On an early summer morning, I joined the photographers capturing the progress of this year’s construction of a new 26-hectare conservation area on the shores of Lake Ontario as they prepare for the next Morphology photography exhibit.
As I watched the sunrise coming up behind the Toronto cityscape, it cast a golden light on the field of wildflowers around me. I turned to take in the view and caught a glimpse of a pair of deer running through the nearby trees. I wasn’t quick enough to grab a photo, but I was on alert. I’d love to see the bald eagle that has been in the area recently.
From the main road, you would never guess the transformation taking shape just a kilometre away. Five years ago, this area was completely different. It was an old industrial complex and a neglected waterfront.
When Credit Valley Conservation (CVC) was given the opportunity to transform the shoreline of Lake Ontario into a green oasis for wildlife and people, we took on a project unlike any that we’ve done before.
What does it take to create a conservation area? Building the new conservation area is a joint effort. Together, with the Region of Peel and the Toronto and Region Conservation Authority (TRCA), we are creating a new waterfront conservation area that will connect people and wildlife back to nature.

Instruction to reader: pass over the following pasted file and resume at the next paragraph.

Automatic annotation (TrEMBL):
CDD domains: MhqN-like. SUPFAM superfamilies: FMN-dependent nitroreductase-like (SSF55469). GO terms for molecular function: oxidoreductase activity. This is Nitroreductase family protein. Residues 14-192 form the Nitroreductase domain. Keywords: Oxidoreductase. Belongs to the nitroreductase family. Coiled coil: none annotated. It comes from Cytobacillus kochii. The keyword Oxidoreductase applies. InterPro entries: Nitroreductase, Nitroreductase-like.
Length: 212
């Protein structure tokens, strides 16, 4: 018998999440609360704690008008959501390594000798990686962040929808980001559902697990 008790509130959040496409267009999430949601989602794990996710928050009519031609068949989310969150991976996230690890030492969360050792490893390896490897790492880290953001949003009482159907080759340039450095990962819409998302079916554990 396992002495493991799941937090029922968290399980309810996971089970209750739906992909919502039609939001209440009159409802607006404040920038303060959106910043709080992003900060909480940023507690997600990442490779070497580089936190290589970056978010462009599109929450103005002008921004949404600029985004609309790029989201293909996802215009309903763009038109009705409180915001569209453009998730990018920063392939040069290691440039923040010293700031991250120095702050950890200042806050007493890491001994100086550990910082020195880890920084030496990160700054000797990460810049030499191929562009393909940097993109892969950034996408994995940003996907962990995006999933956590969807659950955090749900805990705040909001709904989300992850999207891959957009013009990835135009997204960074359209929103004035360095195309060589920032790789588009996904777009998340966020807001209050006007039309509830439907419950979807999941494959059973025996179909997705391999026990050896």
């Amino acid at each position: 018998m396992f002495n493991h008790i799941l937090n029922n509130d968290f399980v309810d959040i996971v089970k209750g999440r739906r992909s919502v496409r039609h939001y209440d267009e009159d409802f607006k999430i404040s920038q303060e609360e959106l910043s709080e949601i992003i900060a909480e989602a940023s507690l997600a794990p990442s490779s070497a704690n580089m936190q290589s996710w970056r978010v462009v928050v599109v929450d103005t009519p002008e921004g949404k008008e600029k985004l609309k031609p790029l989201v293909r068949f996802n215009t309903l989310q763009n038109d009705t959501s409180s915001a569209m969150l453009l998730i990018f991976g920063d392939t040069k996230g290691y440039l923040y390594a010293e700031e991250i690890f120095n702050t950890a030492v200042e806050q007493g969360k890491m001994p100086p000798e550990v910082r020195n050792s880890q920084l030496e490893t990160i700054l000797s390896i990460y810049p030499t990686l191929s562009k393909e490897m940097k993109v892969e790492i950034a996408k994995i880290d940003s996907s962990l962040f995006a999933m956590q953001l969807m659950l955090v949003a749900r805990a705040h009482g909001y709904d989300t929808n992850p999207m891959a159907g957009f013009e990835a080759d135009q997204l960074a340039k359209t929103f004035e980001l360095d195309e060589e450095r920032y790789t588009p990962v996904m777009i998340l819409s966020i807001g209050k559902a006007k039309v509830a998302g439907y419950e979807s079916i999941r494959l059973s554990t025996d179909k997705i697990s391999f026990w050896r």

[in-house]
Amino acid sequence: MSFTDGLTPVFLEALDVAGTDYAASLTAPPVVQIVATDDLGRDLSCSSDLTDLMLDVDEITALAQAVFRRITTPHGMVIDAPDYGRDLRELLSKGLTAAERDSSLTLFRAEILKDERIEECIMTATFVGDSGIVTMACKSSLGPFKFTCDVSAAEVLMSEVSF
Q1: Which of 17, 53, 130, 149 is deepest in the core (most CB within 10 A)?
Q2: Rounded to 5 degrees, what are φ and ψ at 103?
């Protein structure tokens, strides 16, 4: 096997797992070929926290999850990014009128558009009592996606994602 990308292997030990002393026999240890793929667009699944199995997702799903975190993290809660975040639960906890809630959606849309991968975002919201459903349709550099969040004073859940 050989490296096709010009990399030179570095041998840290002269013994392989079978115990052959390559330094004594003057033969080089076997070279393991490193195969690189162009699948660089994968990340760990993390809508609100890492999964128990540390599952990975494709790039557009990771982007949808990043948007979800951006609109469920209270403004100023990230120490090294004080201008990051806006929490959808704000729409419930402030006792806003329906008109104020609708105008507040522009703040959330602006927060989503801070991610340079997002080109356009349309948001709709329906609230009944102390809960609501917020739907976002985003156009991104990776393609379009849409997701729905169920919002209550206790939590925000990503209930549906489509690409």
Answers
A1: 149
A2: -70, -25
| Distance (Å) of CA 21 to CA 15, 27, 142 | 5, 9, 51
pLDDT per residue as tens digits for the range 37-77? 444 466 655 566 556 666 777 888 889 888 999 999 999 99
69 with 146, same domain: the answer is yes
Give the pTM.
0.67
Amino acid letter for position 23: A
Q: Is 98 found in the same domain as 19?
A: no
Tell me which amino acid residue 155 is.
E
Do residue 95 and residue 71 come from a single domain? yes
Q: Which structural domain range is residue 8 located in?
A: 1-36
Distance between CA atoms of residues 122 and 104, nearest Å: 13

Our restoration staff have been hard at work over the past five years. In partnership with TRCA, we have completed almost 1,000 metres of stream restoration, 1,600 metres of new shoreline along Lake Ontario and created approximately 17 hectares of new conservation land made up of wetlands, forests, meadows and beach. We have planted 27,034 trees and installed 74,507 wetland plants.
In the past year, we completed two major milestones: the reconnection of Serson Creek with Lake Ontario and the opening of the first wetland to fish and other aquatic wildlife. See our five-year construction update for more information.
We can’t wait to open the conservation area to the public in 2025.
Sign up to our mailing list to receive periodic updates about the progress at Jim Tovey Lakeview Conservation Area. Visit cvc.ca/morphology to see past Morphology exhibits.
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By Nicole Di Cintio, Specialist, Marketing and Communications
Why can’t you partially open the Marie Curtis Park connection so we enjoy the areas already constructed.
Thank you so much for your interest in visiting the future Jim Tovey Lakeview Conservation Area. We haven’t constructed our trails yet and aren’t able to provide safe access to the public. The entire site is still an active construction site with ongoing hazards such as large moving machinery, open trenches, stockpiled materials, and other construction related activities. We look forward to the near future where you’ll be able to enjoy the Conservation Area